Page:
While manufacturing has made a strong comeback in many parts of the country, some of the biggest gainers among all regions in recent years include the Rust Belt, Upper Midwest and South. The last of those may see even more gains in the year ahead, as a number of southern states are likely to experience more factory construction, expansion and hiring.
In Mobile, Alabama, the aviation manufacturer Airbus recently began hiring for its new assembly plant, where it will make the company's famed A220 plane, according to NBC 15. The company plans to start producing the aircraft at the plant by the third quarter of 2019, and anyone applying now - for a number of assembly line positions - will have to go through weeks of training, both in classrooms and on the factory floor. Part of that training will actually take place in Canada.
The company is also looking to fill assembly line positions for the A320 production, the report said. Altogether, Airbus plans to hire about 600 people in the next year and a half.
Manufacturing by sea
In addition to new plane manufacturing in the Southern U.S., it seems there will be more nautical production as well, according to Miami Today. SeeVee Boats is currently building a new manufacturing site in Miami, measuring 220,000 square feet, and it could open as soon as May. However, a more conservative estimate still has the facility opening before the close of summer, with a potential August start date.
The new facility will be an upgrade from its existing site, which measures less than 61,000 square feet, and employs 220 people, the report said. That number could grow to as much as 350 once the new factory opens later this year. The need for the site arose because the company started receiving so many orders that it created a backlog of as much as two years in some cases; the new center will increase the company's output from 165 boats per year to 250 by 2022.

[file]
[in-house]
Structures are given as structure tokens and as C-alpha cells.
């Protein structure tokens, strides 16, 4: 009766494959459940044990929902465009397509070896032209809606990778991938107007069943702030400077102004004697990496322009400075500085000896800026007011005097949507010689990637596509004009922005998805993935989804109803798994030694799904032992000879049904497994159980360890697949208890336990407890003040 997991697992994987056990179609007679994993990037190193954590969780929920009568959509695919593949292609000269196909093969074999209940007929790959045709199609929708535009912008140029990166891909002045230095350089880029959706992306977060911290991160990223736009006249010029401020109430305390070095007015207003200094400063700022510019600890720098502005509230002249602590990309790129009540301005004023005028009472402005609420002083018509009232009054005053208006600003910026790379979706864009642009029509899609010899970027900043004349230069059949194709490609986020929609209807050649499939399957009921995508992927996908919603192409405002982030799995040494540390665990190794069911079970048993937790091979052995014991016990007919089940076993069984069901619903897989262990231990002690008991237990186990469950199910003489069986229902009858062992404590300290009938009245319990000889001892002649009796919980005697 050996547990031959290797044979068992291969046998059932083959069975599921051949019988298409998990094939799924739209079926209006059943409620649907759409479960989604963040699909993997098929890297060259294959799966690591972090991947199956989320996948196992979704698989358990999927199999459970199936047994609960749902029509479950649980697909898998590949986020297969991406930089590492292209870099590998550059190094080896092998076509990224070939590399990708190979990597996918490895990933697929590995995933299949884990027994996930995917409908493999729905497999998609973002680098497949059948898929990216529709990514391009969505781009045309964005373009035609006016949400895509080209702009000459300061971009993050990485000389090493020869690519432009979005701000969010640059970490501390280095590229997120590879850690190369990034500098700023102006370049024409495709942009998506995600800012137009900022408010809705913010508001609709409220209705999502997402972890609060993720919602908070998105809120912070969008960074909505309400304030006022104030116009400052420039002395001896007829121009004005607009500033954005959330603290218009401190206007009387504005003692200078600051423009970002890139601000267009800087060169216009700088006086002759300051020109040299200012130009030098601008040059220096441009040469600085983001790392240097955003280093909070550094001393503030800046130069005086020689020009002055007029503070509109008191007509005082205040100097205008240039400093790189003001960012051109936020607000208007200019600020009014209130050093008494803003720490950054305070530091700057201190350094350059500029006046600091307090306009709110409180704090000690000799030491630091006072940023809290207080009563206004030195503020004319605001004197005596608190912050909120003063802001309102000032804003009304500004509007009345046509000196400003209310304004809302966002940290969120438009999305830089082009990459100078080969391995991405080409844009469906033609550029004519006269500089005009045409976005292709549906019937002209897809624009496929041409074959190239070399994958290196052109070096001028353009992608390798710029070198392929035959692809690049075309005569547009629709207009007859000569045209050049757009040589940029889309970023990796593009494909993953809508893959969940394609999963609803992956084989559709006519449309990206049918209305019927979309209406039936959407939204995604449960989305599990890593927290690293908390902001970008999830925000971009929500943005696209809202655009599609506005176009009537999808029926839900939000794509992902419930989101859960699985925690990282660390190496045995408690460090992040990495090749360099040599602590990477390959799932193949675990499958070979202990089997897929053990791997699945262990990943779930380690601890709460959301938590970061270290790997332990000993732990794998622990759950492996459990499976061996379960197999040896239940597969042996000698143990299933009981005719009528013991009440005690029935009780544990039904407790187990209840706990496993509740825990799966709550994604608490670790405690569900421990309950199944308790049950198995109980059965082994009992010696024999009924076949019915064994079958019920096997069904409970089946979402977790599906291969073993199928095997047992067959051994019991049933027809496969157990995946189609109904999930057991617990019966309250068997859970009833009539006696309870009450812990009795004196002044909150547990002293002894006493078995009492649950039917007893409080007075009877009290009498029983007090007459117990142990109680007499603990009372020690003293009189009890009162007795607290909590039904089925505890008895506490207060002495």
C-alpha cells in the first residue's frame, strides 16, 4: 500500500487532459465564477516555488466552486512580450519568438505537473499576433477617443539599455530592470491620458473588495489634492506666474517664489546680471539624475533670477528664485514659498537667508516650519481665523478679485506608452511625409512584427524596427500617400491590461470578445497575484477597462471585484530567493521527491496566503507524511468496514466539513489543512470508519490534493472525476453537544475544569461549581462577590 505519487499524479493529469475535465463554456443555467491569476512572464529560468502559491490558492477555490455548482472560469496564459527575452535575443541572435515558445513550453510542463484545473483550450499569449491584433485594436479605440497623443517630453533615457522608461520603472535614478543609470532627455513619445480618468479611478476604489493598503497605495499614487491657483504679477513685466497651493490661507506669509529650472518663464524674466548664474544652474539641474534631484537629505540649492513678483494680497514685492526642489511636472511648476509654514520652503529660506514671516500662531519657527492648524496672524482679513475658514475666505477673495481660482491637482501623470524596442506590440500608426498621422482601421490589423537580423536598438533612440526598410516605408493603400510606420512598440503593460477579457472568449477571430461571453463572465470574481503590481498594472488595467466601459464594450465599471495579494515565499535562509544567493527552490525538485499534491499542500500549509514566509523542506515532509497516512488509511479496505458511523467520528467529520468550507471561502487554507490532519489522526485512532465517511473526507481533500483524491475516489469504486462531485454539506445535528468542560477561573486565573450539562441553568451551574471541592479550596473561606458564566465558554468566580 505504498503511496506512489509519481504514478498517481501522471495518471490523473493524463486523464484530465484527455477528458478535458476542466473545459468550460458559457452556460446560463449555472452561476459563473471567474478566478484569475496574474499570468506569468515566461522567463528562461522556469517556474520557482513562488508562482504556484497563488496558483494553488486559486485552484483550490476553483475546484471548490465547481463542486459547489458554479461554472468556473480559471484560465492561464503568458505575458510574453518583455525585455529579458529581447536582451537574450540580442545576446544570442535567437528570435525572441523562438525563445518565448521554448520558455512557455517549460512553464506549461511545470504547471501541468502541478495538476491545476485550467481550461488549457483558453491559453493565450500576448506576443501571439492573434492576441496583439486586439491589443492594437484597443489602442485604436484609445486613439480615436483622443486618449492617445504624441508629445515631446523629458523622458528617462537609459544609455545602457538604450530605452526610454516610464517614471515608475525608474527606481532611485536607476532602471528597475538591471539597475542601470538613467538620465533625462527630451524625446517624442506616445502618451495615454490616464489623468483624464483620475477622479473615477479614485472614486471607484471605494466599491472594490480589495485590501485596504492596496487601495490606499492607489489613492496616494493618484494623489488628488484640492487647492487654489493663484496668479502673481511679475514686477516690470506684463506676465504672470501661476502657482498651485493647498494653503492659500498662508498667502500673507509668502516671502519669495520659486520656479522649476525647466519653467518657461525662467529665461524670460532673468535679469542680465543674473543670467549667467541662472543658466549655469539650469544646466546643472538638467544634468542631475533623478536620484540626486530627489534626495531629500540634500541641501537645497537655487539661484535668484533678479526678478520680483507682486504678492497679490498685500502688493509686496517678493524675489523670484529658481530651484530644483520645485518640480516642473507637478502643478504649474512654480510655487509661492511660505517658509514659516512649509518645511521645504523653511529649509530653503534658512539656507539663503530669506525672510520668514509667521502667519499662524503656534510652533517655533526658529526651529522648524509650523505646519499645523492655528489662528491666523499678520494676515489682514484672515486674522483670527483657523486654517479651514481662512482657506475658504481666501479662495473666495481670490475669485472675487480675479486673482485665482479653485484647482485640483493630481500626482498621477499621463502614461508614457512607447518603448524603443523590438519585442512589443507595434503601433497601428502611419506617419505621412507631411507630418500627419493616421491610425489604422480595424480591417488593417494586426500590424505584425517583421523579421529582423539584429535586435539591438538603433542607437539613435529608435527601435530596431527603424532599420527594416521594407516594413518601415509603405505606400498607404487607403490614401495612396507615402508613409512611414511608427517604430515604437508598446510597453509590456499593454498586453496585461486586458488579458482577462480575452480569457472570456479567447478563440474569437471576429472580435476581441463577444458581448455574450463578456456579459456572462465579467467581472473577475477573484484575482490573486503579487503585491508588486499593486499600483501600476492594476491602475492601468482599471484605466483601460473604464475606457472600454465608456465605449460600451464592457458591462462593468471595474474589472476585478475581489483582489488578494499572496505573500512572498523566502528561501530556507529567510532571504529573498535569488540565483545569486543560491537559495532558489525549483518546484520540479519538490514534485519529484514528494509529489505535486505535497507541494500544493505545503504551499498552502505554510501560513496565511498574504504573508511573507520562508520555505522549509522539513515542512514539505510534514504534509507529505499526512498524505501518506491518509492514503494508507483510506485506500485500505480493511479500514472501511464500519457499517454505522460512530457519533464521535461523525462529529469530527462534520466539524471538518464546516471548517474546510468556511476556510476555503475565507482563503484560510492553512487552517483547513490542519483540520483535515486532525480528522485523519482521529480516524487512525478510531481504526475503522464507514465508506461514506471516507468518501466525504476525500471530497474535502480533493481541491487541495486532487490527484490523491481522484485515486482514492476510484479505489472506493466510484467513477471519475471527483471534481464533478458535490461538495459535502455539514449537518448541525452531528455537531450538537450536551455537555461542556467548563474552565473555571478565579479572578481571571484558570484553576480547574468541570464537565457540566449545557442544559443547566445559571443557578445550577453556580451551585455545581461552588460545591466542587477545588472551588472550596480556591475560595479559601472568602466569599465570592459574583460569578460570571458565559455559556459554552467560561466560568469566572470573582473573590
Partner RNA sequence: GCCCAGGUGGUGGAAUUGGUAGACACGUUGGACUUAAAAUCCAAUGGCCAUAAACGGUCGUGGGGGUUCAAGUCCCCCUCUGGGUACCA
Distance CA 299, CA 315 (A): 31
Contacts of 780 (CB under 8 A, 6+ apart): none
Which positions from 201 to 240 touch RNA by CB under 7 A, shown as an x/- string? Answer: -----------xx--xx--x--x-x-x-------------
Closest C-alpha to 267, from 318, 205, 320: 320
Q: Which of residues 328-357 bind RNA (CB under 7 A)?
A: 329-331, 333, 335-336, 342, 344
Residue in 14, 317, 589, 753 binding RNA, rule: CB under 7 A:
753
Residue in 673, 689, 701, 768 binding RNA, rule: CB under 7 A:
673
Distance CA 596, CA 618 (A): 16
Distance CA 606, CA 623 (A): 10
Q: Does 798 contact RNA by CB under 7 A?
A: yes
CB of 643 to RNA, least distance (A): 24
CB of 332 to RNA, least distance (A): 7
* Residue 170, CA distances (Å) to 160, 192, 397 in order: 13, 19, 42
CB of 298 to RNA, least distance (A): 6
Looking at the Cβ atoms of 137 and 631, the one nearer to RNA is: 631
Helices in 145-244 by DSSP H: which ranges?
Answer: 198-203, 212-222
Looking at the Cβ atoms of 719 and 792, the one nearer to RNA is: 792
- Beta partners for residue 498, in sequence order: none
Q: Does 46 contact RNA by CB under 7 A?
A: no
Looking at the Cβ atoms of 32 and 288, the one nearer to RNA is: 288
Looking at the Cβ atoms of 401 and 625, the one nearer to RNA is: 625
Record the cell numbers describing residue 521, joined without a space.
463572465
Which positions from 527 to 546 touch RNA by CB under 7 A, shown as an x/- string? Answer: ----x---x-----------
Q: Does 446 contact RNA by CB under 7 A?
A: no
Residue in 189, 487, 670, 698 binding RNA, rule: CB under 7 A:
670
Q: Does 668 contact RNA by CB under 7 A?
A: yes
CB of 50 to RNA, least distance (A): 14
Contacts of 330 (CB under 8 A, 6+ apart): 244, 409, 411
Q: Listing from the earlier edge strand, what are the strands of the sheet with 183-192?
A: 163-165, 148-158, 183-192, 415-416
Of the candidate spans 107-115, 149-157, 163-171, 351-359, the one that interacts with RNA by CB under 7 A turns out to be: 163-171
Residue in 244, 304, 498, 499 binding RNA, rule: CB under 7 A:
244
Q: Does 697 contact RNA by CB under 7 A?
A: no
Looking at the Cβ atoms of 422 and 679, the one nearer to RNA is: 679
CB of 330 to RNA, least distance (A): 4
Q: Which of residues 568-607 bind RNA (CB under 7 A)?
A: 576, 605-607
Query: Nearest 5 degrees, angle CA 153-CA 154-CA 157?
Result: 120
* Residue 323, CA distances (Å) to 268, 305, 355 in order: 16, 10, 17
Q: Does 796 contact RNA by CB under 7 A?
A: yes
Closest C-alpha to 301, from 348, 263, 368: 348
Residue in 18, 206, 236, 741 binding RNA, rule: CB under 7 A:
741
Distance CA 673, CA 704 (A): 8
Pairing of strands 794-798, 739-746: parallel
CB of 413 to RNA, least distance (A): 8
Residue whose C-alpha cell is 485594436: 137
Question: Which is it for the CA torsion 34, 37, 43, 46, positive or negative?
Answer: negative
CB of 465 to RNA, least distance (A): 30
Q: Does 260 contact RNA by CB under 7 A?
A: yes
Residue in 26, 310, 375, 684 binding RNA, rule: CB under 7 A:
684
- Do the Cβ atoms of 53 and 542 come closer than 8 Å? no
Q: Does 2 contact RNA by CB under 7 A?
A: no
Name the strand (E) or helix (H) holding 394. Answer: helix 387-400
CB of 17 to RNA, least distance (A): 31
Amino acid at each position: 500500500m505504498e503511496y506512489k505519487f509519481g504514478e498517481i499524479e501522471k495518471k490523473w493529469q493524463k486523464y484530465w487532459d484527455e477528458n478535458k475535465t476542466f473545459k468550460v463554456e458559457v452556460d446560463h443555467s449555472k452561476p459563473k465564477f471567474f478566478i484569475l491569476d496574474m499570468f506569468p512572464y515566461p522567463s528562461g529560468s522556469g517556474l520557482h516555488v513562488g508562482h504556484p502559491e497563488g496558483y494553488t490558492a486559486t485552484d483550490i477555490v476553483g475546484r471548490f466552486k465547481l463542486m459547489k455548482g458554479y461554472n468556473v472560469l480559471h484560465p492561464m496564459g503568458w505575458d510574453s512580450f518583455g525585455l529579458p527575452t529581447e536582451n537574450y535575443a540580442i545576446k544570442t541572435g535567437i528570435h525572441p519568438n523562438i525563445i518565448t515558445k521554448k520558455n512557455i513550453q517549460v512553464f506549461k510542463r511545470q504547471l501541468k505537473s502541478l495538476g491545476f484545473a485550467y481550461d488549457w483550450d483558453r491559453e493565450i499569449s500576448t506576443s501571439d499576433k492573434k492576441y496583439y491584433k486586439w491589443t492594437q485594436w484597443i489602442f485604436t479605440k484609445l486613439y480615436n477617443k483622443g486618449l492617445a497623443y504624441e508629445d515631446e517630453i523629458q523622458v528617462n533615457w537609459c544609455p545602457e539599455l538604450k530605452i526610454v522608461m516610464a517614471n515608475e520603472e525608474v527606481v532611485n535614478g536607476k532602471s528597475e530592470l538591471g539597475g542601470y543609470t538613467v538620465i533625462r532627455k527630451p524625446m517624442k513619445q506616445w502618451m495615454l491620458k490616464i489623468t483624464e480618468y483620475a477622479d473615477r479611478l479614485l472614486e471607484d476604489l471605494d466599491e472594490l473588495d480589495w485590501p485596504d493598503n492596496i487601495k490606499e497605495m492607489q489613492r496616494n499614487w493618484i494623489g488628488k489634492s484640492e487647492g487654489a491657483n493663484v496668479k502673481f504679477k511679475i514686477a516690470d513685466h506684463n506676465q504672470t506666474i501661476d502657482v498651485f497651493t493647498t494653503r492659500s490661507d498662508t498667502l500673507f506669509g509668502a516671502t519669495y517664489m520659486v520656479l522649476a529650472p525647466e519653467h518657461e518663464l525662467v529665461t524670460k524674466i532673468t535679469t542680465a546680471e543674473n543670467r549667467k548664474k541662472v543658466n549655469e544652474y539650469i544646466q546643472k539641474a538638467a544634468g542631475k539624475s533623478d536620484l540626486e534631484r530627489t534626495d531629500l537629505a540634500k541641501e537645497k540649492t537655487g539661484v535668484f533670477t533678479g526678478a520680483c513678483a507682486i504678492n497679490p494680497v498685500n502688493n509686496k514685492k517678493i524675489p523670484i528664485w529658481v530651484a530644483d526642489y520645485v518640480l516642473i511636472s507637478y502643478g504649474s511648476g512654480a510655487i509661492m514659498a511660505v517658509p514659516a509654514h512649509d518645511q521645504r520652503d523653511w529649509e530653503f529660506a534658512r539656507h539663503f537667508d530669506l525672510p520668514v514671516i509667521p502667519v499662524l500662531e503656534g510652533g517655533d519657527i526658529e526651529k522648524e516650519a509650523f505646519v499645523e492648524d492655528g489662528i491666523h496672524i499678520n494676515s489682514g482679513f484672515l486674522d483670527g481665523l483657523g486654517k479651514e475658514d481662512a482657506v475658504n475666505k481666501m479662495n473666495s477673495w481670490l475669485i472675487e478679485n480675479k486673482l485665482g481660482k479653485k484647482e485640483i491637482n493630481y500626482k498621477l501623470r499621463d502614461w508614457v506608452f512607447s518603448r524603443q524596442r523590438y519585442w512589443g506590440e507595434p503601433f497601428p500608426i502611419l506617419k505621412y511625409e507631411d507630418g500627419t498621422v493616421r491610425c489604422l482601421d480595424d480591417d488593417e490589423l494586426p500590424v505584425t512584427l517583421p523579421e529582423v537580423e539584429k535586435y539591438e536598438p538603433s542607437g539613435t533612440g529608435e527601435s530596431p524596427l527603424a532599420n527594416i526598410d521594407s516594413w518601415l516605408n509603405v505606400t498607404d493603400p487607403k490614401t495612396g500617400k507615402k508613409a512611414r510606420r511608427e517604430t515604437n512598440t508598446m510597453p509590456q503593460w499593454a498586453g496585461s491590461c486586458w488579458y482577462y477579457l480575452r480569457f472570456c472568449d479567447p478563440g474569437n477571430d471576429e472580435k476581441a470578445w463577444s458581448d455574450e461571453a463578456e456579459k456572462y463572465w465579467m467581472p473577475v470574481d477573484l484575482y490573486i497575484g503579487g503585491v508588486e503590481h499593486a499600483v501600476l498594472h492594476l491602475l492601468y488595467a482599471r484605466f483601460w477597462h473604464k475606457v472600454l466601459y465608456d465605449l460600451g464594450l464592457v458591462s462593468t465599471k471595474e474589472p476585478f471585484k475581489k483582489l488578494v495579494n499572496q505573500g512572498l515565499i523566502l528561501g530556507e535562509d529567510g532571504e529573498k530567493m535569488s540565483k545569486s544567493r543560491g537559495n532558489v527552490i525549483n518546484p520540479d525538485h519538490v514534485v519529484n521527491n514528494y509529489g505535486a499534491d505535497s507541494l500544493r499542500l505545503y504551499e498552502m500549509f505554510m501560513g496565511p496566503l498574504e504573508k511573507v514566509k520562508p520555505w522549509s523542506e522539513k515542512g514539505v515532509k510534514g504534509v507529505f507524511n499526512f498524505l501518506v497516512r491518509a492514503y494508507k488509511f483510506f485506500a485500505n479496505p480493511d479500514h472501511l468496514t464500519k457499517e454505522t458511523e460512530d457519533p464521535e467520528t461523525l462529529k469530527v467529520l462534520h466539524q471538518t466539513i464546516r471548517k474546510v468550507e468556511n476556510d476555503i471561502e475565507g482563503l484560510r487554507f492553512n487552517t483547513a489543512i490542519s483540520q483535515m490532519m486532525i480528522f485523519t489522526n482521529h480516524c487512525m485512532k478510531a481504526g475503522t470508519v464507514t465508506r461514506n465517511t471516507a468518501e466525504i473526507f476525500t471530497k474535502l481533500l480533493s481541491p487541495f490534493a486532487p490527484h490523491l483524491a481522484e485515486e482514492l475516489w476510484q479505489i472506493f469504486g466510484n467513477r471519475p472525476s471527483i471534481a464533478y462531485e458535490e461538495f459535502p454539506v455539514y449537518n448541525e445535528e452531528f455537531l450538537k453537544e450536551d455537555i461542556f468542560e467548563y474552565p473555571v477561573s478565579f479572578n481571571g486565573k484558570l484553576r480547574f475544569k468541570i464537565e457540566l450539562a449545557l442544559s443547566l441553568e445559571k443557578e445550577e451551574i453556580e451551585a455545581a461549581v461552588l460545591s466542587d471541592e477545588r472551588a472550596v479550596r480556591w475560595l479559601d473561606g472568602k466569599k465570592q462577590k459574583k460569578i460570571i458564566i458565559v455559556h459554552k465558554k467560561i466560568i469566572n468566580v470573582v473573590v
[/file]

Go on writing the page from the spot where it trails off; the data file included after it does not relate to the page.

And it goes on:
A different kind of project
Finally, U.S. Silica Holdings recently purchased a plant in Millen, Georgia, where it will expand its production of a number of popular products, Powder and Bulk Solids reported. The factory acquisition cost was about $23 million, not counting the renovation costs the company will incur to refit it.
"The acquisition of the Millen facility will enable us to expand our capacity to meet growing demand for some of ISP's most successful and most profitable new products," said U.S. Silica Holdings President and Chief Executive Officer Bryan Shinn in announcing the decision. "Adding this new capability will accelerate new product launches, improve product quality, and facilitate important product customizations required by our industrial customers."
When companies are looking to expand their manufacturing capabilities, they will typically need more workers to staff their factories. To that end, they need to offer both high-quality benefits and top-notch salaries if they want to attract and retain talent in an increasingly competitive market.
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